Cherie Booth and Jessica Hill argue that school governing bodies' actions should be subordinated to local authorities since only the latter have the necessary "expertise, local knowledge and accountability".
Present arrangements arose largely through a desire to make each school more responsive and accountable to the community it served. Thus, many of the positions on a governing body are elected. The criticisms advanced of governor accountability could equally be levelled at both central and local government. Any system that elects people to positions of responsibility cannot ensure that they are competent to perform their role. Accountability comes only from facing electors at the end of a term of office and until that time, the interests of electors are not necessarily being well served.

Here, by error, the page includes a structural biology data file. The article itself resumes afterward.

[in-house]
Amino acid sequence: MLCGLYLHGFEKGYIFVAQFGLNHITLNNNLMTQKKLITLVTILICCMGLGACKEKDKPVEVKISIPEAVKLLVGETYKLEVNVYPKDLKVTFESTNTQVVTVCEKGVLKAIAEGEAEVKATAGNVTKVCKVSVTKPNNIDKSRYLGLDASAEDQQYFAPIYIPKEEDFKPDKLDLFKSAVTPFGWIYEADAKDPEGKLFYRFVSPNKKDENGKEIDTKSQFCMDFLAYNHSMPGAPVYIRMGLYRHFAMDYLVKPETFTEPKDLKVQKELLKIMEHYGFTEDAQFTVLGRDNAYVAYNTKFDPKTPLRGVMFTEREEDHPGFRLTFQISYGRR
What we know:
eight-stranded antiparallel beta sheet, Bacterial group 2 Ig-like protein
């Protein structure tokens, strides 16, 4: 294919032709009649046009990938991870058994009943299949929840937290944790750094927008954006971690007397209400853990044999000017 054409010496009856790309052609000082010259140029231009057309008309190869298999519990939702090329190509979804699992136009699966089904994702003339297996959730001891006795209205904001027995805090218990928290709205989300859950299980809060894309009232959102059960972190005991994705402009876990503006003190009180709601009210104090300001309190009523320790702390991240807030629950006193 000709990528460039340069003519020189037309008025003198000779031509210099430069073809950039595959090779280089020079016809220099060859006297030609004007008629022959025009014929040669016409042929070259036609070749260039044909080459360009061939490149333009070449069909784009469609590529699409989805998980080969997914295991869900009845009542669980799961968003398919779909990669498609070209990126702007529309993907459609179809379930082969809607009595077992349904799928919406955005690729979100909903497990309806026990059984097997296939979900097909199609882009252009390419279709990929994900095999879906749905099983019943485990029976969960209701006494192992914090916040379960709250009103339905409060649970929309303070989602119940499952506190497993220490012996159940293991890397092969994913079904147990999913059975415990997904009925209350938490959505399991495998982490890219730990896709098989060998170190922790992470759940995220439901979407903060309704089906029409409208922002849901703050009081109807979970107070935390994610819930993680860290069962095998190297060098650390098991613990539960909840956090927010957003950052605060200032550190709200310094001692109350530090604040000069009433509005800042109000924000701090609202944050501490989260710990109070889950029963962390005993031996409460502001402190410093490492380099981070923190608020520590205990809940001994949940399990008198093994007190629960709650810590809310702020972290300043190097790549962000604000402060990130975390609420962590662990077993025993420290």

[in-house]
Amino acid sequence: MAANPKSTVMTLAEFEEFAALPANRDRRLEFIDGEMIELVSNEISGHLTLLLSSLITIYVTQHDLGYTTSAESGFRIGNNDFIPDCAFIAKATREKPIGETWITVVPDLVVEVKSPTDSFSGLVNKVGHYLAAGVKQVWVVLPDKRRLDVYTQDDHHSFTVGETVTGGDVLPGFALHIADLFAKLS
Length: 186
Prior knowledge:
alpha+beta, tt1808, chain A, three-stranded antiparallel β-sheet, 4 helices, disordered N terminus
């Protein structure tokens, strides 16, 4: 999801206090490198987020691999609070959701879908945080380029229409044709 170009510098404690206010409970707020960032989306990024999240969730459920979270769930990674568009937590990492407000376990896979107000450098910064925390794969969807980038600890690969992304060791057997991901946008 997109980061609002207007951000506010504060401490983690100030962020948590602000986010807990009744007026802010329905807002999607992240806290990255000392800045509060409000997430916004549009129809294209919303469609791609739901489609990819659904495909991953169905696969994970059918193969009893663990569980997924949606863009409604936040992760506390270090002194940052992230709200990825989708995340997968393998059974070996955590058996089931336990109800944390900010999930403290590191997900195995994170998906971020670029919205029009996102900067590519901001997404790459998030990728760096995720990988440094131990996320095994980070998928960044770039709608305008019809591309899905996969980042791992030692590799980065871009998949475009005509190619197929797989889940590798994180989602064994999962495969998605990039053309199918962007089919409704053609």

School governors are derided as "amateurs sandwiched between the professionals - the headteacher and the local education authority". However, even competent governors' ability to discharge effectively their significant responsibilities is limited by the retention of some crucial decision-making by local and national government. Their situation might far better be characterised as responsibility without the necessary powers.
16 Stirling Avenue